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A small chuck and a part a little too big....

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dtsh

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#1
What to do when the part *almost* fits into the chuck, but not quite? The correct answer is not "attempt to chuck it up with just the last few teeth gripping the scroll"

I've been putting off getting a larger chuck, mostly because I don't use the lathe nearly as much as the mill. I was attempting to hold a piece that was bigger than the little 4" chuck can realistically hold and as a result I evidently put too much stress on jaw 3 and broke off the first tooth.

I present for your entertainment, a chuck which had survived 100 years of use only to get broken by a noob.
It's a 4" 3 jaw Oneida National Chuck. I'm not certain as to it's age, it may or may not have been original to the 1903 Seneca Falls lathe, I don't know.

oneida_4_3jaw-1.jpg

Here's the damaged jaw, with the fragment in the center.
oneida_4_3jaw-2.jpg

I had to disassemble the chuck to get the fragment out.
oneida_4_3jaw-3.jpg

I have been putting off getting a larger chuck, I'm leaning toward an 8", but I'm uncertain if that might be a bit too much for a 9+" belt driven lathe. Have any suggestions?
 
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Lordbeezer

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#2
6"..the 9" Seneca Falls I had came with several chucks..all 6"..seemed to work out ok..
 

benmychree

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#3
I doubt that a chuck with removable(reversible) top jaws was all that old. I have seen several chucks that were damaged in that same way.
 

catsparadise

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#4
That would explain how my 6" 3-jaw came to be the way it is. As part of the renovation of my lathe I stripped down the chucks to clean out the old goo and chips. When I came to re-install the chuck jaws I fitted jaw #1, then #2 & #3 and wound them into the middle to check they were correctly timed - which they weren't! Repeated twice* before checking everything and finding #1 has a tooth broken off, so it goes in too far. Re-installed in the order #2, #3, #1 and success.

The chuck works fine, but I only use it for hex stock or for diameters <0.5". I prefer the accuracy of the 4 jaw. (My 4-jaw is an 8" on a 13" swing lathe, so I think a 6" would be a better match for a 9" lathe otherwise you won't be able to use the chuck to it's max capacity).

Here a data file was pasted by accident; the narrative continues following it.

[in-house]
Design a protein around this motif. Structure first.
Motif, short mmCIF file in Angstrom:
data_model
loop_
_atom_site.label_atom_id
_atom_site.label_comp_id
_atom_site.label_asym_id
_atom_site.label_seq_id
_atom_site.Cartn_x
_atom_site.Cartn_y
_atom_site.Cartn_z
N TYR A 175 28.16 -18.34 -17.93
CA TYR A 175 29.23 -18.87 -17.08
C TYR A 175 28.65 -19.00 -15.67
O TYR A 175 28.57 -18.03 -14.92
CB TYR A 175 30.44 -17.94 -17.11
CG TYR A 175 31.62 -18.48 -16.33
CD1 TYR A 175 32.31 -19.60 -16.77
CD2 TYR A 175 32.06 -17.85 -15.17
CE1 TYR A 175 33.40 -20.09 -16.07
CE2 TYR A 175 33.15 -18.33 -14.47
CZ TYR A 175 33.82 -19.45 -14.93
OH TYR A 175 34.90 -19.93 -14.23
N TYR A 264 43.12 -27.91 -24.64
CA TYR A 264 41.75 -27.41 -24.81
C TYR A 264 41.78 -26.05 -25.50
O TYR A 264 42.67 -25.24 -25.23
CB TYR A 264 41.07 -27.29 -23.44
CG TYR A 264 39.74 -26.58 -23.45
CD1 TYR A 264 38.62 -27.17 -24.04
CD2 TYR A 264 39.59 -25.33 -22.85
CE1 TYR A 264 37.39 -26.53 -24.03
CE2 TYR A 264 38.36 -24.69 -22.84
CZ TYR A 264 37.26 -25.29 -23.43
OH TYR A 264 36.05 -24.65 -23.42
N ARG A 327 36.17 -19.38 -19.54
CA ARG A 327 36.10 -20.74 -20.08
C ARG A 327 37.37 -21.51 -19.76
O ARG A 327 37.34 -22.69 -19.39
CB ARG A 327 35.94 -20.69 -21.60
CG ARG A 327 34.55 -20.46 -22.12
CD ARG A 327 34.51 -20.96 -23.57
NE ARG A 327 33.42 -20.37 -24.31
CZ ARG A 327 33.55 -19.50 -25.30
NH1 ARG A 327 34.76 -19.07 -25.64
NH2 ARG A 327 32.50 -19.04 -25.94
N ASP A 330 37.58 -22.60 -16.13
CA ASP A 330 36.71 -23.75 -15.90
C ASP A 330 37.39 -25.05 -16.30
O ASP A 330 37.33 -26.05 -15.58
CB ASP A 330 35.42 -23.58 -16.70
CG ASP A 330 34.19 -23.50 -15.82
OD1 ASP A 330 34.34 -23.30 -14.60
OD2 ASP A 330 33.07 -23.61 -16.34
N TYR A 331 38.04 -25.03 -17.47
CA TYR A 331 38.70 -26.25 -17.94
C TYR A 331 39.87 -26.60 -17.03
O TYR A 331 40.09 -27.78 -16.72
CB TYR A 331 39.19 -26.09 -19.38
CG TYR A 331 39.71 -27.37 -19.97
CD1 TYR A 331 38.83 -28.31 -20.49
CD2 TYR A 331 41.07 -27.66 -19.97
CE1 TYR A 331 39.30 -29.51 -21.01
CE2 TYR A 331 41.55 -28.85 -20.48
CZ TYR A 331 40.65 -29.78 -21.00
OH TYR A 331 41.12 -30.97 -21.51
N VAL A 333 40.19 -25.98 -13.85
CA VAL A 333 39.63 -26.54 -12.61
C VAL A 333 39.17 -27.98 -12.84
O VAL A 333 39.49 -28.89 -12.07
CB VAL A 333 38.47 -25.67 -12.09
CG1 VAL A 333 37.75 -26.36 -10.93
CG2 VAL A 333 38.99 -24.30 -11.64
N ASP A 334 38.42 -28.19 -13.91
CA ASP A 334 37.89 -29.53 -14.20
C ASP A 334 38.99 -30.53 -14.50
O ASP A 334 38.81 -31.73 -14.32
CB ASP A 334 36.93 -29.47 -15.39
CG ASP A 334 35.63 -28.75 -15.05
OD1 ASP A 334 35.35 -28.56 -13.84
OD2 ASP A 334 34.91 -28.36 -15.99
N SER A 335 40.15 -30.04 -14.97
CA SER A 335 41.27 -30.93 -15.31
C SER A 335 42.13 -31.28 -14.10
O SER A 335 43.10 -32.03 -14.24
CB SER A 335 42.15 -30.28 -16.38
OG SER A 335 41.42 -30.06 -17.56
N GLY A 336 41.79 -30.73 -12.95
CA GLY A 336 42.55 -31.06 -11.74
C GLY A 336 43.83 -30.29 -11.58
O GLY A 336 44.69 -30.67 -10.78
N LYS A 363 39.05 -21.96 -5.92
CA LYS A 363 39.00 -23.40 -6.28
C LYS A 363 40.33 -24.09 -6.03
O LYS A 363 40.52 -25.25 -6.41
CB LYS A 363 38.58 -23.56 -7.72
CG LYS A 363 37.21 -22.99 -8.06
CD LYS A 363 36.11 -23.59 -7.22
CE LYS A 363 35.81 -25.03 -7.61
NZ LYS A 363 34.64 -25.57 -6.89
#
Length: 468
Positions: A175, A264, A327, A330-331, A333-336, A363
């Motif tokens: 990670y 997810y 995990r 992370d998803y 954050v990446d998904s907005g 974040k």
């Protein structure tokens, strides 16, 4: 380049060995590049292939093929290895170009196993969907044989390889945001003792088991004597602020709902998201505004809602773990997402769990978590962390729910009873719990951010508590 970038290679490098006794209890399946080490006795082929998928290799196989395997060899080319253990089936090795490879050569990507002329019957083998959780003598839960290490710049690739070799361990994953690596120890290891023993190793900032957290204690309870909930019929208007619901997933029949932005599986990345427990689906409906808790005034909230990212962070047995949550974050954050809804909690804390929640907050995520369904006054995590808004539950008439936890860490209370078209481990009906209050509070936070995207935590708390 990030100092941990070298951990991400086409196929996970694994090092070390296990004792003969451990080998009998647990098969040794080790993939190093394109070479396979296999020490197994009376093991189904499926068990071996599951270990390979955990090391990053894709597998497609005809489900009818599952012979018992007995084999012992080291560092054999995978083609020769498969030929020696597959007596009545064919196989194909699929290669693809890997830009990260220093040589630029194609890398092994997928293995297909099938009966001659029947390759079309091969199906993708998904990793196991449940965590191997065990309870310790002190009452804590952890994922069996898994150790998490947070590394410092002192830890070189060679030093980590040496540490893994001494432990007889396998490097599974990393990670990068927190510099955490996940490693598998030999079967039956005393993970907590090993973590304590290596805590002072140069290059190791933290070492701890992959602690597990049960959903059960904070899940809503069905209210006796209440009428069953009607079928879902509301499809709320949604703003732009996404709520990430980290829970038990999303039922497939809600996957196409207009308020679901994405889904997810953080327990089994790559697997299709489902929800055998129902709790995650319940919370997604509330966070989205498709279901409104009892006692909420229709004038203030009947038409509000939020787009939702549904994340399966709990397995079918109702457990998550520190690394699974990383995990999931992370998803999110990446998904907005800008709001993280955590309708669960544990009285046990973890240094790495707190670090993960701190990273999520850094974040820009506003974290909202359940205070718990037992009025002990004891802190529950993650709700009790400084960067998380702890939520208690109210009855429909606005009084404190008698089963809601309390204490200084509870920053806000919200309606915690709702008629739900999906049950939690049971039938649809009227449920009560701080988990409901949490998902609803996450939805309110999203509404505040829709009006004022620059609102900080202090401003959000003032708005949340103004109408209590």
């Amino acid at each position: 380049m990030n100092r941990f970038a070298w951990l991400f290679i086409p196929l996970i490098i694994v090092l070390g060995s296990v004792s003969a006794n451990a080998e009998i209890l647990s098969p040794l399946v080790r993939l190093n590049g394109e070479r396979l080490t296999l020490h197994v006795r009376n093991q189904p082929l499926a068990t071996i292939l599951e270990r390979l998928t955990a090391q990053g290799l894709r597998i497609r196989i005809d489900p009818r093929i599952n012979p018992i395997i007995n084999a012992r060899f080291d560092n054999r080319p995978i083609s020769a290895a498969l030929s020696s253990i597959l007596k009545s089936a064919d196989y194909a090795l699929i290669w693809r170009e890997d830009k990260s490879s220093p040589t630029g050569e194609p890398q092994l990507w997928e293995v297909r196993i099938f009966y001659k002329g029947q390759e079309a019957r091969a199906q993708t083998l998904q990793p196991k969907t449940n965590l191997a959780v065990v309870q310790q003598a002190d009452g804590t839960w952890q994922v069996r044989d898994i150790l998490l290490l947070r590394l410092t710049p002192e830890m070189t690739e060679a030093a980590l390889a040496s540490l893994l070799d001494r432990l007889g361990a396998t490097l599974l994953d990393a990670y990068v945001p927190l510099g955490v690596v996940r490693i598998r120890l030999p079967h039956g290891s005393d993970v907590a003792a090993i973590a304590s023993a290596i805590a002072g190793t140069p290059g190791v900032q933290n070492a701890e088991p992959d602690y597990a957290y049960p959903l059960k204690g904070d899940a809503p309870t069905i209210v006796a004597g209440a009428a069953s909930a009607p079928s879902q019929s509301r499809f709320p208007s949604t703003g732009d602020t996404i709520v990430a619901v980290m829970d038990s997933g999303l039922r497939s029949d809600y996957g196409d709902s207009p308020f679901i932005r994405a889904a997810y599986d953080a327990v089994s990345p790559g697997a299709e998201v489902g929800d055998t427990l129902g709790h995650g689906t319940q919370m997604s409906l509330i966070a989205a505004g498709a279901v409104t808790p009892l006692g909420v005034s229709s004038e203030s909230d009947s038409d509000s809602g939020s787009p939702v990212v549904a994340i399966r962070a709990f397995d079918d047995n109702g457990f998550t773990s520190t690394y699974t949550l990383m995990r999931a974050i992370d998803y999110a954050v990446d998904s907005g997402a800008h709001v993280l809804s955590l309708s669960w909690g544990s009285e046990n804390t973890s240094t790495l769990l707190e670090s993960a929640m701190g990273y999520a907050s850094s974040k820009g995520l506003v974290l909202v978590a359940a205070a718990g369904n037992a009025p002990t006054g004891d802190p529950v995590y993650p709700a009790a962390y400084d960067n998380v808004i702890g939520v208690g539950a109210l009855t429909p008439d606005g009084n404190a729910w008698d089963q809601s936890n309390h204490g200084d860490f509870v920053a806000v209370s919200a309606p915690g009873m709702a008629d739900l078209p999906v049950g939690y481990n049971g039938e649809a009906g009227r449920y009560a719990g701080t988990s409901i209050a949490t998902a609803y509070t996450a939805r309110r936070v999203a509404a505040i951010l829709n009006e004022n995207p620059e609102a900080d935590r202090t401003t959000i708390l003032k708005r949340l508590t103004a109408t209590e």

*I believe one definition of insanity is repeating the same thing twice and expecting a different result!
 

hman

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#5
That would explain how my 6" 3-jaw came to be the way it is. As part of the renovation of my lathe I stripped down the chucks to clean out the old goo and chips. When I came to re-install the chuck jaws I fitted jaw #1, then #2 & #3 and wound them into the middle to check they were correctly timed - which they weren't! Repeated twice* before checking everything and finding #1 has a tooth broken off,
<snip>
*I believe one definition of insanity is repeating the same thing twice and expecting a different result!
Sometimes repetition is NOT a sign of insanity. Sometimes it's an example of "I made a mistake once ... thought I'd done something incorrectly, but I was mistaken."
 

dtsh

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#6
I doubt that a chuck with removable(reversible) top jaws was all that old. I have seen several chucks that were damaged in that same way.
I estimated it's age based on my understanding that Oneida National Chuck Co was taken over by Pratt in 1918; given it's possible that Pratt continued using the Oneida National Chuck Co name. As for the jaws, I don't think they are reversible, as the teeth have a definite curvature to match the scroll. I should have taken a picture of the side of a jaw, they are effectively flat, with a notch cut out in the middle portion of the face and the holes in the jaws are threaded, for what that's worth.
 
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